|Chris TickTock||04/09/2019 16:11:54|
|195 forum posts|
Hi, anyone recommend a decent brand of demagnetiser for smaller objects up to size of dial calipers.
|Brian H||04/09/2019 16:43:28|
1254 forum posts
|265 forum posts|
Plus one for Eclipse
|Howard Lewis||04/09/2019 16:57:32|
|2382 forum posts|
Depending upon the size, all that you need to demagnetise an item is to pass it through a fluctuating magnetc field.
Cassette recorder heads are demagnetised using a "wand" fed with low voltage AC.
Larger items are demagnetised by passing through a coil carrying an AC voltage.
So, it should be possible to make a demagnetiser, AS LONG AS YOU KNOW WHAT YOU ARE DOING.
I E Electrically safe,
No acessible terminals; earthed, or double insulated, and not taking excessive current likely to cause overheating and fire. The insulation should be adequate for the voltage applied. (Don't put 230Volts AC onto something insulated for 12 volts!)
For short term, intermittent use, an Induction motor, minus the rotor, used WITH CARE, might suffice, to pass small items through.
But switch off, and disconnect when not in use.
Now this should bring in folk who really are expert in electrics and such devices
|Chris TickTock||04/09/2019 17:00:38|
|195 forum posts|
And anyone got a safe relative easy build way to make a home made piece of kit. Seen several but some look very dangerous in terms of exposed electrical connections.
|XD 351||04/09/2019 17:46:06|
1352 forum posts
Here is a home made unit for small tools that doesn’t use any power .
i use a degaussing wand that is designed for degaussing tv screens , bought it of ebay and is ok foe small tools like digital callipers.
|286 forum posts|
I made one like this Demagnetiser from an old spin dryer motor many years ago. Many more video's on YouTube. Hope it helps.
|Neil Wyatt||04/09/2019 18:33:21|
16641 forum posts
I've degaussed a TV by furiously waving a loudspeaker manget at it and slowly retreating. Took a couple ot tries to get it spot on.
|245 forum posts|
No electronics just 4 neodynium magnets. Described somewhere in popular mechanics - and a video of a similar one is here
Edited By BW on 05/09/2019 08:44:53
|4769 forum posts|
How about a Greiner Magnomatic Demagnetiser? Meant for watch and clock parts but also suitable for small tools.
Interesting that demagnetisers range in cost from waving an old loudspeaker magnet at the object for free up to professional devices like the Greiner costing a cool £1200.
Unless money is unlimited it pays to think about what the tool is to be used for and how often. My casual need to demagnetising the occasional screwdriver is easily met by carefully passing the object over a magnet in different directions until I manage to reduce the residual magnetism 'enough' by trial and error. An amateur clockmaker / watch-repairer would probably need a less labour intensive demagnetiser often enough to buy at least a simple AC demagnetiser. These still require the operator to manipulate items, but are easier to operate and get rid of most residual magnetism. Prices start from about £30.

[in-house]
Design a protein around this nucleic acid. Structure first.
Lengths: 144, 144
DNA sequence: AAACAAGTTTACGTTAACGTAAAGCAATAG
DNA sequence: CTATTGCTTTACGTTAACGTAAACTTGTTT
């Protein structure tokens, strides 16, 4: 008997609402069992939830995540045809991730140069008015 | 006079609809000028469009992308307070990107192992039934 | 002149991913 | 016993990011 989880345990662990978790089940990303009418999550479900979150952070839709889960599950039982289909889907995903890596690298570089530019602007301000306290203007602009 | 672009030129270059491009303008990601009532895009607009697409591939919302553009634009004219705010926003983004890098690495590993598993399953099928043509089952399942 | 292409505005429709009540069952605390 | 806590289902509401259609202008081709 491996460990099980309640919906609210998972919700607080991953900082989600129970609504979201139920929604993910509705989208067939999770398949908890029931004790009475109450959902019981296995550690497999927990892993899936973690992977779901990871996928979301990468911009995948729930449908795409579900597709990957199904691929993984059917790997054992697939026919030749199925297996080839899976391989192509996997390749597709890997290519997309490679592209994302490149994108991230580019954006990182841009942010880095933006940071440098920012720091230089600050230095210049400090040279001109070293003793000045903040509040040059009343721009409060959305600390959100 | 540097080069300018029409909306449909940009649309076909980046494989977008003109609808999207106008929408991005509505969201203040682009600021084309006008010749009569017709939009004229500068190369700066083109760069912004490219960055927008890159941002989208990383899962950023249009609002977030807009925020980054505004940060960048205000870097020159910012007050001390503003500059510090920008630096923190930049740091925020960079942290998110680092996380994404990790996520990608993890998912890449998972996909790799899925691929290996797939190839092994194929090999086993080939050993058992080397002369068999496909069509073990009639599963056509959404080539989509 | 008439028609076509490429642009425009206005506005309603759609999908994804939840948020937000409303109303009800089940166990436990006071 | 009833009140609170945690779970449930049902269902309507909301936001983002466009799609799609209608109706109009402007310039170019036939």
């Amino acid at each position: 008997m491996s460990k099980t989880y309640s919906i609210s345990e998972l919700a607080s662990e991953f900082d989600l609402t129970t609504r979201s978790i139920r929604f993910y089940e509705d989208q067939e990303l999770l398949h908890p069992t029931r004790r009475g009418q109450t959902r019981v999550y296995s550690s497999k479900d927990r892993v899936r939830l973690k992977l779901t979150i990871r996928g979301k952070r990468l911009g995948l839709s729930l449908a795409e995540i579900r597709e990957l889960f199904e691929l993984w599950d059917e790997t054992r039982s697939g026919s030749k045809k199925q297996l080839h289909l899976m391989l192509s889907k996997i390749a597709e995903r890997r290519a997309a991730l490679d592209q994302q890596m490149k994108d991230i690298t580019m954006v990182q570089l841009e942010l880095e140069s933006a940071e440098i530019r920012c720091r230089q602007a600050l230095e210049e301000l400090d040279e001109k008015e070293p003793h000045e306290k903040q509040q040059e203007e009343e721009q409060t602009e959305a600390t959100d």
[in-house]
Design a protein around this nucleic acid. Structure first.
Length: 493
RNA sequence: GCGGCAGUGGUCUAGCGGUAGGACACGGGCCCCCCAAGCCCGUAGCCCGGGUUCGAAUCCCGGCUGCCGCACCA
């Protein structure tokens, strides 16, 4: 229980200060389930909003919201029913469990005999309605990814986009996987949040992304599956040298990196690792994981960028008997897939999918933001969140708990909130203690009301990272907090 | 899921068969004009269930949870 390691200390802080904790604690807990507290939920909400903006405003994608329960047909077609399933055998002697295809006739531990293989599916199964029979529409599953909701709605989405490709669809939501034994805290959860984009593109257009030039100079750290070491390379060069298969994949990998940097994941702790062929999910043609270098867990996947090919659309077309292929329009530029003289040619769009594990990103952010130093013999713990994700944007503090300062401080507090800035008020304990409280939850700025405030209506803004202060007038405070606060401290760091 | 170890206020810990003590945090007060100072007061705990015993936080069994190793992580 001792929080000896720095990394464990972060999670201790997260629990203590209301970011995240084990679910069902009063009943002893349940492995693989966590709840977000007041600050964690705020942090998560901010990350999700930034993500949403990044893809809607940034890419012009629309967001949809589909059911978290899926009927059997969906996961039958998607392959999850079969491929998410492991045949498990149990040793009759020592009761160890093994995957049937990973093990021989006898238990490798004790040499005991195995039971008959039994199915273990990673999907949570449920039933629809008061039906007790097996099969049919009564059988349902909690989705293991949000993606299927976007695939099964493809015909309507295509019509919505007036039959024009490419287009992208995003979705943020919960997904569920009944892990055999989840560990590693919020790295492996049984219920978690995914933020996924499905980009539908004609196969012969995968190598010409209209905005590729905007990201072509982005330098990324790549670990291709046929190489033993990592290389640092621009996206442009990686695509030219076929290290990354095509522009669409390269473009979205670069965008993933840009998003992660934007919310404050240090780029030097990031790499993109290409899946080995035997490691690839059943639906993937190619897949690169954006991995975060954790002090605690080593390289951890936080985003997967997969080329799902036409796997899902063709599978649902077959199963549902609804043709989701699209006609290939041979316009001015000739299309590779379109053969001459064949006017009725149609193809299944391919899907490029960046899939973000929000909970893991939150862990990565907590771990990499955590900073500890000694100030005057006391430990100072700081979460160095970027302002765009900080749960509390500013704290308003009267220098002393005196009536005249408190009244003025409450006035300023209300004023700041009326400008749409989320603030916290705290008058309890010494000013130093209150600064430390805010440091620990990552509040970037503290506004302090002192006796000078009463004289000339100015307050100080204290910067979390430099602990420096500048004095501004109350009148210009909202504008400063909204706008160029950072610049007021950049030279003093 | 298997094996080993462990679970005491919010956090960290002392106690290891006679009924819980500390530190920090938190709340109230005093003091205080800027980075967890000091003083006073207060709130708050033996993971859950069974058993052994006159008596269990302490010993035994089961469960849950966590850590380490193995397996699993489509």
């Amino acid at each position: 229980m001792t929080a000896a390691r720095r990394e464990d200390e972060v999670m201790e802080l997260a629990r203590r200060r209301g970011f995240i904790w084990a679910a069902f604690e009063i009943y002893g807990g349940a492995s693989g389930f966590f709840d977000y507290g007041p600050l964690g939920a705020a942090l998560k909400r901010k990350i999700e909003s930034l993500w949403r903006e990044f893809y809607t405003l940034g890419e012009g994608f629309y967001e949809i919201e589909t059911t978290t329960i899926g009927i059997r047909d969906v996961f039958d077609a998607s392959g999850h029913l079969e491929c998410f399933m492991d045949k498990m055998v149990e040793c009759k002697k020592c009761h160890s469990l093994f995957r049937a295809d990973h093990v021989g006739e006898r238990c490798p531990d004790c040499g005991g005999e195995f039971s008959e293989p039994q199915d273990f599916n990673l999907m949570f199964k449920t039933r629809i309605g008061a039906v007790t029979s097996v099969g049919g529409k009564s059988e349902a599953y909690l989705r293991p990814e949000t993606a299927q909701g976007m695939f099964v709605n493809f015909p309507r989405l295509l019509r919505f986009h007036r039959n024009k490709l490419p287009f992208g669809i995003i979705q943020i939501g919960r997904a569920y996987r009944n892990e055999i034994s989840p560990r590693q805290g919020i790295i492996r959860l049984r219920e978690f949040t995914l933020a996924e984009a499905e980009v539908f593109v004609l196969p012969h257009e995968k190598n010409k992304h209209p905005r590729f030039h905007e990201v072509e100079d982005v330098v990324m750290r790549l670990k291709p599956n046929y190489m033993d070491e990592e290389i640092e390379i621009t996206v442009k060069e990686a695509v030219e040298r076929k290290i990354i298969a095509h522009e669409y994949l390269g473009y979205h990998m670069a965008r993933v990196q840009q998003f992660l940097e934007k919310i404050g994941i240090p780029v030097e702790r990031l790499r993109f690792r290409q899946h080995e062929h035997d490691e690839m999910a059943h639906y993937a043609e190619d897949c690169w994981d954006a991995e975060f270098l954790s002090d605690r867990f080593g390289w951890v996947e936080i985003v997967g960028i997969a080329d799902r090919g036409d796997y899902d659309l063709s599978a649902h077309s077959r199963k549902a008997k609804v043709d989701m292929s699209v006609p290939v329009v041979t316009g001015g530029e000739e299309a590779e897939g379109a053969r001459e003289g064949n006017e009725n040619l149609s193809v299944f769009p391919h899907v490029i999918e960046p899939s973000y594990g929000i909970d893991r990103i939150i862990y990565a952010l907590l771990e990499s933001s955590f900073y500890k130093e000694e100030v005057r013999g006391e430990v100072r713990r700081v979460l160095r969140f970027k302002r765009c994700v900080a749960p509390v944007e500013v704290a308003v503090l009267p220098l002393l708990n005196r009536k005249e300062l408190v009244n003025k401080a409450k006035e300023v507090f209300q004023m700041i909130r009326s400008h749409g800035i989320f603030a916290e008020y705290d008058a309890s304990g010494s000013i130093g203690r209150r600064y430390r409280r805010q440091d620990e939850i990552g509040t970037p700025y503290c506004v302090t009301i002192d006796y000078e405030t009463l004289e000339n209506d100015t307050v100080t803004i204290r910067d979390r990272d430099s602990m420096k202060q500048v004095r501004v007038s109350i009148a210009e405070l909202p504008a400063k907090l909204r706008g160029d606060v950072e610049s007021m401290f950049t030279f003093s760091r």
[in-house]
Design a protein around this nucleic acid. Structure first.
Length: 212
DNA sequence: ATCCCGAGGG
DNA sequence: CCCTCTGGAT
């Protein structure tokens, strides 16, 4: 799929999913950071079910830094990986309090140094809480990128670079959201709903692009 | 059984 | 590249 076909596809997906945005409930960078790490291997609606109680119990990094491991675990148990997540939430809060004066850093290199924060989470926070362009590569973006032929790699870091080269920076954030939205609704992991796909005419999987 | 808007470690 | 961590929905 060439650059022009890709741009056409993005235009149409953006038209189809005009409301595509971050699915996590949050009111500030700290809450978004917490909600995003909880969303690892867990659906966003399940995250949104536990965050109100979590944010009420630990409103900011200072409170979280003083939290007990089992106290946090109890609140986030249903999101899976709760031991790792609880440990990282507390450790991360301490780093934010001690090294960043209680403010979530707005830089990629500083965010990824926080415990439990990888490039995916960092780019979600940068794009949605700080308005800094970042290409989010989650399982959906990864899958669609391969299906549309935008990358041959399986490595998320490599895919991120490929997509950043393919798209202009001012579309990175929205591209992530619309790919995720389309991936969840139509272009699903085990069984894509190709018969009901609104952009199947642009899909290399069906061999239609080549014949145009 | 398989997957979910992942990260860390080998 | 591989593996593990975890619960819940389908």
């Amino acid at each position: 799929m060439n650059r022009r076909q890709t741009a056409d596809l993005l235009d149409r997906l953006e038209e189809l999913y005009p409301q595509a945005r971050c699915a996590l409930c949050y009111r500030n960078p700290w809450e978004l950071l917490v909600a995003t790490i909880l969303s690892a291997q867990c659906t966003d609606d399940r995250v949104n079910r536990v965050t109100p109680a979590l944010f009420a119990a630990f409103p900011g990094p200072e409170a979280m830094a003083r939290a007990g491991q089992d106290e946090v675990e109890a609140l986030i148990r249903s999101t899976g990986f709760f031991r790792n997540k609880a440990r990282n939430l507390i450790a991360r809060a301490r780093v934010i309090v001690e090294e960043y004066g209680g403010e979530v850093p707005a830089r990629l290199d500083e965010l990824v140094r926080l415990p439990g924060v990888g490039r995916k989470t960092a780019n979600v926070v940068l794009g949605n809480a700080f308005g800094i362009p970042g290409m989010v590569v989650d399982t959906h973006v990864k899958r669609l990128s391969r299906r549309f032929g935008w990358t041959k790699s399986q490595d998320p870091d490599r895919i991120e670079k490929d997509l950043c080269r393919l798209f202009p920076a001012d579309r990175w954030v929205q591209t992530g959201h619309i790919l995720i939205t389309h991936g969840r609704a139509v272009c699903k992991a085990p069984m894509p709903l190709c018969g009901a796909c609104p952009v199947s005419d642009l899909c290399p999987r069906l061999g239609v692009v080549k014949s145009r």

Looking at the expensive Greiner, you get a far more sophisticated unit for your money. Its operation appears to be completely deskilled. The item to be demagnetised is dropped in the slot and the button pressed. I suspect an AC magnetic field is scanned several times from side to side along the item. When the first pass has finished, the operator presses the button again causing a second scan at 90° to the first. Expensive but no doubt results are quick and effective. The Greiner is ideal for a profitable repairer working against the clock. It's completely over the top for me and my screwdrivers unless I find one dirt cheap at a car-boot sale!
Doesn't help much, but as most of the cheaper units consist of little more than an AC coil and a timer, almost any of them will do for most purposes. For more serious use, what's your budget Chris?
|Chris TickTock||05/09/2019 09:56:08|
|195 forum posts|
Thanks Guys I have gone the eclipse route as the time I spend messing about might as well pay some money. It's second hand but if it works fine.
Regards to all poster I can see
|John Pace||05/09/2019 09:58:44|
|156 forum posts|
I made this unit from the drawings in Model engineer
|Andrew Johnston||05/09/2019 10:48:27|
4876 forum posts
Bit early to have someone on the ignore list?
|Chris TickTock||05/09/2019 11:03:06|
|195 forum posts|
That looks a good project. Truth is when you enjoy making things its easy to get sidetracked in ancillary projects, sometimes its better just to spend the cash and conserve your time for the core objective.. Equally for most times a suitable magnet will do if used accordingly.
Useful post thanks John
|Ian S C||05/09/2019 11:04:15|
7447 forum posts
I made a demagnetizer using a primary coil from the transform,er from a microwave oven, powered by a 12v transformer from a low voltage electric blanket. The coil is in the ply box on the left.
Ian S C
1261 forum posts
They used to sell demagnitisers for VCR cassettes. There ought to be a few of those going spare still.
|Russell Eberhardt||05/09/2019 19:33:55|
2487 forum posts
I made a very crude demagnetiser for my three jaw chuck jaws using an old instant soldering iron:
It took five minutes to make and did the job. Much quicker than buying one!
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